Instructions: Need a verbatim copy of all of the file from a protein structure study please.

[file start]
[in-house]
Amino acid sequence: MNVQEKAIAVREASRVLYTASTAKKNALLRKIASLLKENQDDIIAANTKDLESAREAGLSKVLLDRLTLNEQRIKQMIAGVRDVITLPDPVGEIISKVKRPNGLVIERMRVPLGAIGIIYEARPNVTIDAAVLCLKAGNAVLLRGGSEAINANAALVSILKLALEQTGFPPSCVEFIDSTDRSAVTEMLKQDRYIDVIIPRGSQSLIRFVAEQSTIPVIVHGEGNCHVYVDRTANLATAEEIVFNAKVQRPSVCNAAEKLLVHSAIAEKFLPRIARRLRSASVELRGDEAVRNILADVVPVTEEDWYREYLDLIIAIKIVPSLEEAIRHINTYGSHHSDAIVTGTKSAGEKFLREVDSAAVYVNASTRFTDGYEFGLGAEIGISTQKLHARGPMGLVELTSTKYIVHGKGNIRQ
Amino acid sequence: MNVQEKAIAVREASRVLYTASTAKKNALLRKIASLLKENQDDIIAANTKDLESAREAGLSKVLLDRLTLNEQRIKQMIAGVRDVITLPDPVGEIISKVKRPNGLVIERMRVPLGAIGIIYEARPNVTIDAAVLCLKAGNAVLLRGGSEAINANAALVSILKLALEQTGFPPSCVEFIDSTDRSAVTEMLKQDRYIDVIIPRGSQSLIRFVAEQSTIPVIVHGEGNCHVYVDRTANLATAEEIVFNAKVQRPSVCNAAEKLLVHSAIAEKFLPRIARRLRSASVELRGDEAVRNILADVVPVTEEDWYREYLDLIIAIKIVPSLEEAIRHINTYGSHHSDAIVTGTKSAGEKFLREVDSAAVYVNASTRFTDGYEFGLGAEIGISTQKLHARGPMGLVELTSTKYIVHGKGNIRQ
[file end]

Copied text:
[in-house]
Amino acid sequence: MNVQEKAIAVREASRVLYTASTAKKNALLRKIASLLKENQDDIIAANTKDLESAREAGLSKVLLDRLTLNEQRIKQMIAGVRDVITLPDPVGEIISKVKRPNGLVIERMRVPLGAIGIIYEARPNVTIDAAVLCLKAGNAVLLRGGSEAINANAALVSILKLALEQTGFPPSCVEFIDSTDRSAVTEMLKQDRYIDVIIPRGSQSLIRFVAEQSTIPVIVHGEGNCHVYVDRTANLATAEEIVFNAKVQRPSVCNAAEKLLVHSAIAEKFLPRIARRLRSASVELRGDEAVRNILADVVPVTEEDWYREYLDLIIAIKIVPSLEEAIRHINTYGSHHSDAIVTGTKSAGEKFLREVDSAAVYVNASTRFTDGYEFGLGAEIGISTQKLHARGPMGLVELTSTKYIVHGKGNIRQ
Amino acid sequence: MNVQEKAIAVREASRVLYTASTAKKNALLRKIASLLKENQDDIIAANTKDLESAREAGLSKVLLDRLTLNEQRIKQMIAGVRDVITLPDPVGEIISKVKRPNGLVIERMRVPLGAIGIIYEARPNVTIDAAVLCLKAGNAVLLRGGSEAINANAALVSILKLALEQTGFPPSCVEFIDSTDRSAVTEMLKQDRYIDVIIPRGSQSLIRFVAEQSTIPVIVHGEGNCHVYVDRTANLATAEEIVFNAKVQRPSVCNAAEKLLVHSAIAEKFLPRIARRLRSASVELRGDEAVRNILADVVPVTEEDWYREYLDLIIAIKIVPSLEEAIRHINTYGSHHSDAIVTGTKSAGEKFLREVDSAAVYVNASTRFTDGYEFGLGAEIGISTQKLHARGPMGLVELTSTKYIVHGKGNIRQ